Technology billionaire Elon Musk is not afraid to make his opinions loud and clear, especially when they frustrate his corporate liberal counterparts.
He is not necessarily politically conservative; however, he is heavily critical of the progressive “woke” culture that controls most institutions in the United States.
Conservative commentator Dinesh D’Souza would Musk to go beyond just tweeting his thoughts, and wants the business mogul to take action.
“Tweets are fine @elonmusk but you can dramatically change the political and cultural landscape this way: 1. Buy and take over a major social media platform 2. Acquire or create a TV network like ABC, NBC or CBS 3. Create a world-class online university and offer degrees for free,” the pundit tweeted Friday afternoon.
— Elon Musk (@elonmusk) January 28, 2022
Musk later replied, “Interesting ideas.”
This is likely trolling, except Musk is a man of action.
He is the richest man in the world, which means that he certainly has the resources to develop any sort of media platform or educational institution that he desires.
Major social media platforms have not only become hotbeds of political censorship, but they have also become deeply addictive and unethical. The opportunities are endless, and Musk’s reach as a non-politically exclusive celebrity would gain his platform users from all sides of the political spectrum. This has been a hurdle of alternative platforms such as GETTR and Parler, which have all unfortunately become right-wing echo chambers.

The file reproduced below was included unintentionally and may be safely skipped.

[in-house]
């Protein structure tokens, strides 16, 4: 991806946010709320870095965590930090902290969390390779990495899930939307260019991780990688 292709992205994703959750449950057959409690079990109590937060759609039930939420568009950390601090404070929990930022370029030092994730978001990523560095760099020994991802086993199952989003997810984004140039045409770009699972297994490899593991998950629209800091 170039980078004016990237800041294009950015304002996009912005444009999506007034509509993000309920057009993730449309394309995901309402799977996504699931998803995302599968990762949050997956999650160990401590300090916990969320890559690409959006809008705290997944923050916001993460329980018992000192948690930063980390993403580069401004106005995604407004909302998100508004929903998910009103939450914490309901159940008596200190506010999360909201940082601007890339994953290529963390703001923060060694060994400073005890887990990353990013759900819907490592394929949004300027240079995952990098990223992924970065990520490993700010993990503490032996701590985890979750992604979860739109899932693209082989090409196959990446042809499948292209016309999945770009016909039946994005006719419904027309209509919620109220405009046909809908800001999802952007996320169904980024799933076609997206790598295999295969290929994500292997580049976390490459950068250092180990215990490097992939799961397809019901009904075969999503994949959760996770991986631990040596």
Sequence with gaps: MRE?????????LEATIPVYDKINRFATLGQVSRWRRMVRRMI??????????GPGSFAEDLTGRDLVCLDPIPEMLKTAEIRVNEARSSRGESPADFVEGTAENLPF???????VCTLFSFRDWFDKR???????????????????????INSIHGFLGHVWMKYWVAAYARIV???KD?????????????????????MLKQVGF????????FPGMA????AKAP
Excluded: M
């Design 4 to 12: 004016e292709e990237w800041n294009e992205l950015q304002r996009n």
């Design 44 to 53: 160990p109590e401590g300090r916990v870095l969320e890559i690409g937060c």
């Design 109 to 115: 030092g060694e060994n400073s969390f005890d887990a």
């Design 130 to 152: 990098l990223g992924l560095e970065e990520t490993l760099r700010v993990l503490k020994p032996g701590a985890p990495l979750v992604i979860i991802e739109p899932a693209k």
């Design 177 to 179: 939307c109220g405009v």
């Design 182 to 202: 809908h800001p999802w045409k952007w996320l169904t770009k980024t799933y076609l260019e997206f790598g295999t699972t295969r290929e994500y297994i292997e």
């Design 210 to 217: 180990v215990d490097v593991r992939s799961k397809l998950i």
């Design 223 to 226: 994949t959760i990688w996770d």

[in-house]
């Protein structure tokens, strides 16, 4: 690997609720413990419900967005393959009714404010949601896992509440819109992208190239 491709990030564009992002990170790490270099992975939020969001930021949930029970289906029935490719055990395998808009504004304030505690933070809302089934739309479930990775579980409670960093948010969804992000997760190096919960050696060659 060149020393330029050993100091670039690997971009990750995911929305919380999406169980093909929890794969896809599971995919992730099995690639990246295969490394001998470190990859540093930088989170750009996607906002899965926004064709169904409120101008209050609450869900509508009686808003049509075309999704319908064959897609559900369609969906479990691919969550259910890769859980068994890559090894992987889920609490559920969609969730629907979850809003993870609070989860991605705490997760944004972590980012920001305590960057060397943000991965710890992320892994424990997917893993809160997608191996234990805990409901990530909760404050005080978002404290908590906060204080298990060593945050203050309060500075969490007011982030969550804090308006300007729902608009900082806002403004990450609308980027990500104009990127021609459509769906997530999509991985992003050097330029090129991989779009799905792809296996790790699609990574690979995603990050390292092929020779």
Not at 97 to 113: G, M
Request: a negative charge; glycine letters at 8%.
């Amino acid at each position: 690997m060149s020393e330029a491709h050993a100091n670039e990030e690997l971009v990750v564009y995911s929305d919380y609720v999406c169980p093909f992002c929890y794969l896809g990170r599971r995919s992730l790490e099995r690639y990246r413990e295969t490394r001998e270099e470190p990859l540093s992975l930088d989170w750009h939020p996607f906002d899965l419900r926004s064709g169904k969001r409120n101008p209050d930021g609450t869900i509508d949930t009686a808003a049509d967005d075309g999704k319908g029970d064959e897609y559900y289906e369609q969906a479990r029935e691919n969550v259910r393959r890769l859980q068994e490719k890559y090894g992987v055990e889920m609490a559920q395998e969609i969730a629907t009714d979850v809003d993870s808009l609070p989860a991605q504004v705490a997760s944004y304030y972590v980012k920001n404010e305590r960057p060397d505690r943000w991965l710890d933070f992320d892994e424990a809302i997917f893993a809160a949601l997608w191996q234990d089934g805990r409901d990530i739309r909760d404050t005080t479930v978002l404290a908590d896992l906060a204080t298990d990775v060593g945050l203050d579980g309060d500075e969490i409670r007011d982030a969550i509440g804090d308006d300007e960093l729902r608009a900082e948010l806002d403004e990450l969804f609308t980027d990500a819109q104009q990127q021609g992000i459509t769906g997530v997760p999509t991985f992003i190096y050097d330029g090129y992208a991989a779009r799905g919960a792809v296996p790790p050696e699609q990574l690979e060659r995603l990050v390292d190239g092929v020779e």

Acquiring or developing a television network is intriguing, but would likely be difficult for even Musk to pull off. It would probably be much more lucrative for him to start a new media platform, rather than diving into an arguably dying medium.
D’Souza’s last idea is probably the most fascinating out of the three and has the potential to be the most effective. Affordable and accessible education is a frequent talking point from left-wing politicians, who often want to propose unrealistic proposals that would pose a significant burden on the average taxpayer.
If Musk created a private-sector online university that would offer free or extremely low-cost degrees, it could revolutionize education worldwide. Those who are in poverty may even be able to dig themselves out of it if a program like that existed without the limitations of government.
Let’s just hope that that university’s professors would be less politically radical compared to most modern academia.
Billionaires have the potential to use their vast amounts of wealth to make a substantial global change, and oftentimes do so if in a way that is rather questionable. By contrast, Musk can use his seemingly transparent nature to help fight against institutional rot created by leftism. The media and education spaces are different than the fields he currently works in, except these endeavors could help shape his legacy even further.
Let’s hope he heeds D’Souza’s advice.